Why Mindfulness Helps In Divorce And Other Stressful Events

Why Mindfulness Helps In Divorce And Other Stressful Events

Mindfulness is, to put it simply, the practice of focusing your attention on the here and the now; of training yourself to exert a greater degree of control over your thoughts in order to stop them from veering into unpleasant territory. Before I tried mindfulness, I believed that the physical sensations I associated with anxiety were caused by my thoughts. Instead, the physical sensations we associate with anxiety are a survival mechanism which served our ancestors well but, with the world posing much less of a physical threat than it did in their day, it’s become significantly less helpful.

For 27 years, I suffered from debilitating anxiety. This, I believe, provided me with experience that I was able to utilise when providing clients caught in the midst of a divorce with tangible advice. It made me more empathetic, more understanding of their situation and more motivated to help them. When the prospect of having to give a speech on my wedding day brought about worry so severe that I had no option but to seek help, I discovered something that would help not only me, but hundreds of my clients, too.

What this means is that, when you feel anxious, it’s little more than a random biological occurrence; a release of chemicals designed to make you more aware of the world around you and more prepared to deal with physical threats. Often, the experience is brief and simply passes away. During times of stress, however, this physical sensation causes us to analyse our current situation and find a reason to be worried. This results in a cyclical process that feeds our anxieties leaving us feeling stresses, exhausted and irritable – particularly whilst we’re in the midst of a highly stressful even such as a divorce.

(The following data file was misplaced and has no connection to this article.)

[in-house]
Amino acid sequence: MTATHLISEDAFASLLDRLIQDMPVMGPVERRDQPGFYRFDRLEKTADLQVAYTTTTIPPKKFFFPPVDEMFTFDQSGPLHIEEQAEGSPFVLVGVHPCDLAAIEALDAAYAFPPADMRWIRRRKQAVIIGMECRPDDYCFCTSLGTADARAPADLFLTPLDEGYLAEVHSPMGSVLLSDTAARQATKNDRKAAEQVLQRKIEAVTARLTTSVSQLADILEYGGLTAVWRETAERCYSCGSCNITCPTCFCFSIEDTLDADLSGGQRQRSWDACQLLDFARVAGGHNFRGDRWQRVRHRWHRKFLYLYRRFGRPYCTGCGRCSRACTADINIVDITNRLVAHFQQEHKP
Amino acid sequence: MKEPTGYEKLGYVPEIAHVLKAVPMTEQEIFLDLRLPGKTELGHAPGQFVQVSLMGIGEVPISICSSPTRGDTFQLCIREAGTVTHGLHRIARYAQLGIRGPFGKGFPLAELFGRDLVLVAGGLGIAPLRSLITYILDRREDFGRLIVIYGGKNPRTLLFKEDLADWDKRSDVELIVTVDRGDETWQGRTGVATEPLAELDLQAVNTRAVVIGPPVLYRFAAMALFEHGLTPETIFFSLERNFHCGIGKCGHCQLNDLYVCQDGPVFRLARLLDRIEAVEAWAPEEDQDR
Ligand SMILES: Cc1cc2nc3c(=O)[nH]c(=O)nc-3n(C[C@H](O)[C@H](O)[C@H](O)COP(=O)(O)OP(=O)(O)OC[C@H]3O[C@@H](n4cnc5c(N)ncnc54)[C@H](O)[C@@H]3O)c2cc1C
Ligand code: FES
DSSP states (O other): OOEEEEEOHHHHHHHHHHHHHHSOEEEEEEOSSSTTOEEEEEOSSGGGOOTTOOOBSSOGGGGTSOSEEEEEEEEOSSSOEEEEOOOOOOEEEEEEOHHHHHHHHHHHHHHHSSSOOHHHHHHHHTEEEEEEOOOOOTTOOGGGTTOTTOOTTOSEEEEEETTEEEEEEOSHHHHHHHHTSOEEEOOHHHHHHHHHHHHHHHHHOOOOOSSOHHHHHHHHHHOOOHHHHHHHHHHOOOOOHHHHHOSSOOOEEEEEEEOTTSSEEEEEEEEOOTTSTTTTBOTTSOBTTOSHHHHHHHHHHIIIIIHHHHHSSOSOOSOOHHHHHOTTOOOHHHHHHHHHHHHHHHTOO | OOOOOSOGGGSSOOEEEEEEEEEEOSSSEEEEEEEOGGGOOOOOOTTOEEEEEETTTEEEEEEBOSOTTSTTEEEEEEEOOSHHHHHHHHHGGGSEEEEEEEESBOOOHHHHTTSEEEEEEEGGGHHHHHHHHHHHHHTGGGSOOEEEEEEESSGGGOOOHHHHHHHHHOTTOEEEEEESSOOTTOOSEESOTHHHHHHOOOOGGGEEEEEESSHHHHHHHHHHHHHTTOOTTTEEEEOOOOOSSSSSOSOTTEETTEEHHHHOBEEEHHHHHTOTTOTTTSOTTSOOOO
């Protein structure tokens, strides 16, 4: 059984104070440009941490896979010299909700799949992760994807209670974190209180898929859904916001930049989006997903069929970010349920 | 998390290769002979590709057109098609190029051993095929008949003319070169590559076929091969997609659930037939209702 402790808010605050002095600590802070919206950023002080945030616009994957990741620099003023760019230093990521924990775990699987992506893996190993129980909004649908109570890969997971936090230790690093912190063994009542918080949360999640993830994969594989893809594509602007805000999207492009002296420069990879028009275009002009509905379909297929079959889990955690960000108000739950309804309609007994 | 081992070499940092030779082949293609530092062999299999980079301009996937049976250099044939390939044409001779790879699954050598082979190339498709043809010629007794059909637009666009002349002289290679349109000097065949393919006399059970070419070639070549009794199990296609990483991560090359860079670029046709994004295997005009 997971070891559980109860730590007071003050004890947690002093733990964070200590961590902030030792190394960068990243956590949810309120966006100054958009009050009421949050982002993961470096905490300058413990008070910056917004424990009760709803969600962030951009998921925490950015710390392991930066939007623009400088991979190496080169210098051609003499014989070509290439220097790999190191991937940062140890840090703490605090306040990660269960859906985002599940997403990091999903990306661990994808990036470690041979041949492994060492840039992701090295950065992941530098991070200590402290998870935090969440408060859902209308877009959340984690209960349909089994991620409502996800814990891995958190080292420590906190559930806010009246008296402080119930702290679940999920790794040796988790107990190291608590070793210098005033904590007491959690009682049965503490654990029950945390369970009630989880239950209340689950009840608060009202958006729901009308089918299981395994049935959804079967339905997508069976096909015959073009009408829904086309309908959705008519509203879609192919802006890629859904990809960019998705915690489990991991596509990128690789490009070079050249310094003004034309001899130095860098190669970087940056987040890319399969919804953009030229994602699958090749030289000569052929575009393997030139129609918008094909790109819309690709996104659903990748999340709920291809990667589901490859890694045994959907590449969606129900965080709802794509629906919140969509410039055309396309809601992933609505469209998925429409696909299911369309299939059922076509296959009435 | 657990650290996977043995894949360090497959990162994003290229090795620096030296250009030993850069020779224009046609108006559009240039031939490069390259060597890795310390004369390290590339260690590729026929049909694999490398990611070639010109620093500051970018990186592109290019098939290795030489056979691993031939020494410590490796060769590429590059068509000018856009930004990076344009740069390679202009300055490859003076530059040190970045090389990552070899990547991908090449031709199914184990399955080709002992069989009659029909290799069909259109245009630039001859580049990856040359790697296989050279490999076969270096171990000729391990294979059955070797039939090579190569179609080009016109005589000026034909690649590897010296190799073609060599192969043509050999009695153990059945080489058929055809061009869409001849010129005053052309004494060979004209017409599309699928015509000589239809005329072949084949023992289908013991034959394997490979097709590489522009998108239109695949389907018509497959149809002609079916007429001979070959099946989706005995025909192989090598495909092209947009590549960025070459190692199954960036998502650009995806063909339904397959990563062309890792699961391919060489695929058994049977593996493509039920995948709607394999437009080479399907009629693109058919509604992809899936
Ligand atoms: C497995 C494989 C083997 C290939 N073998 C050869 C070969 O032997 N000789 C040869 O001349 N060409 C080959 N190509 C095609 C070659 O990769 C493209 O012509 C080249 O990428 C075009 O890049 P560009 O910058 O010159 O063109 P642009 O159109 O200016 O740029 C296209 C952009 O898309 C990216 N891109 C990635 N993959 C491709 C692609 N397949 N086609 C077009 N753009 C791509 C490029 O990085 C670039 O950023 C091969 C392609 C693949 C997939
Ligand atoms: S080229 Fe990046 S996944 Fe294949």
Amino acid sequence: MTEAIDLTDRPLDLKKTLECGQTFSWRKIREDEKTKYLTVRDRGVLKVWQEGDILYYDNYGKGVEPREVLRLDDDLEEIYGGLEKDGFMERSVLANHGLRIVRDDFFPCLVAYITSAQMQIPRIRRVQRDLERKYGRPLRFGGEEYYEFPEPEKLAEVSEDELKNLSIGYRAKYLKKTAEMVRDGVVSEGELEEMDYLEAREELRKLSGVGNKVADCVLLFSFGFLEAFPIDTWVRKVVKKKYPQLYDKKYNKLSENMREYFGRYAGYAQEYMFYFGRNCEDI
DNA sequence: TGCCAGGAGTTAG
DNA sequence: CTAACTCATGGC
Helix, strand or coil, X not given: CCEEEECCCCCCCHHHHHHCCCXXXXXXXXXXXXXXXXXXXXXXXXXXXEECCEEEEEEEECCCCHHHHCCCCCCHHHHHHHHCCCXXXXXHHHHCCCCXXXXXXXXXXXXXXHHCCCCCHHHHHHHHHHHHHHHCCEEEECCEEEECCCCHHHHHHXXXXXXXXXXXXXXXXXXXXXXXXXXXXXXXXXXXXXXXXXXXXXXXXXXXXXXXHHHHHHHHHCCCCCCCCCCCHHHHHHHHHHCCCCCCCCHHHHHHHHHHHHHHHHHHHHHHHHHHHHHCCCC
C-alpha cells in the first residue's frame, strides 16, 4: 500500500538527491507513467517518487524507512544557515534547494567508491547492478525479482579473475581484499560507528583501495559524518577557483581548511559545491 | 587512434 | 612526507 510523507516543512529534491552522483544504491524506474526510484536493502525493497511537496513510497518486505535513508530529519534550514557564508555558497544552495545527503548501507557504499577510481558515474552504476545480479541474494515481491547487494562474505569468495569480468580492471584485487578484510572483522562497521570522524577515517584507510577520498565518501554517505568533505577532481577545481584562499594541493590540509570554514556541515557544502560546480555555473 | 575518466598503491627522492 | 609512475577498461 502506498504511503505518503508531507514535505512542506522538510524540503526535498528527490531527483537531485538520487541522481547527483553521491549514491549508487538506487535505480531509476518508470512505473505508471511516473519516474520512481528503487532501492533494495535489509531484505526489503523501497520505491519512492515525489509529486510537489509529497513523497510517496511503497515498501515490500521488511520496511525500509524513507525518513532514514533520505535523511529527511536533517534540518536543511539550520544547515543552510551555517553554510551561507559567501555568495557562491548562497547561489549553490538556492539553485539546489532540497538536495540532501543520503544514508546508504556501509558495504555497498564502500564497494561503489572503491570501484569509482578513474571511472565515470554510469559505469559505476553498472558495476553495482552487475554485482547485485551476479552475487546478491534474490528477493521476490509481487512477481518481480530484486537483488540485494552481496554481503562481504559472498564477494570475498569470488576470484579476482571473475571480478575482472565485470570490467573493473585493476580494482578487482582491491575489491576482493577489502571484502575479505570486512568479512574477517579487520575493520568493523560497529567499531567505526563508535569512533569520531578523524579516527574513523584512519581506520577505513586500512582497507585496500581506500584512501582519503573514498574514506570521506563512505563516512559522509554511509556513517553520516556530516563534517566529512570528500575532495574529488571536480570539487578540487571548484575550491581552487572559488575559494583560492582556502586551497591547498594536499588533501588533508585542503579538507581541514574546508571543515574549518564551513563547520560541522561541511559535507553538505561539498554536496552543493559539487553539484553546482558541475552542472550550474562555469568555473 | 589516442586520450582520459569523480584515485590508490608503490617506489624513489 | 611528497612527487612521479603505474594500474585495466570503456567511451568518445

Why mindfulness helps

Whilst it might appear as though the practice of mindfulness is one that is exclusively centred on controlling our thoughts, this is only half of the story. We are, for example, not always aware of what we’re thinking and are not always capable of choosing to think of something else as a result. Instead, mindfulness is centred on choosing to change our thoughts when we are indeed aware of them. Equally important, though, is that it teaches us to be accepting of the fact that we will not always be in control of our thoughts and that this is ok. Our minds have a tendency to wander so it’s vital that we accept that we’ll have negative thoughts and that, rather than aggressively trying to exert control over them, we should be kind to ourselves and gently try to think of something else.

Mindfulness – by improving understanding of anxiety and it’s causes, coupled with its non-aggressive means of exerting greater control over our thoughts – is proven to significantly increase people’s confidence in their ability to cope with change whilst reducing stress. I can attest to this personally; as can many of the clients I’ve helped over the past few years.

With time, mindfulness helps people to live in the moment. As a result, it is not only extremely beneficial when it comes to helping people through their divorces but, as it often also brings a new-found appreciation for the world around us, is fantastic preparation for the new life that awaits them post-divorce, too.

Author Bio:

Jay Williams works for Quickie Divorce, one of the UK’s leading providers of fast, affordable online divorce solutions.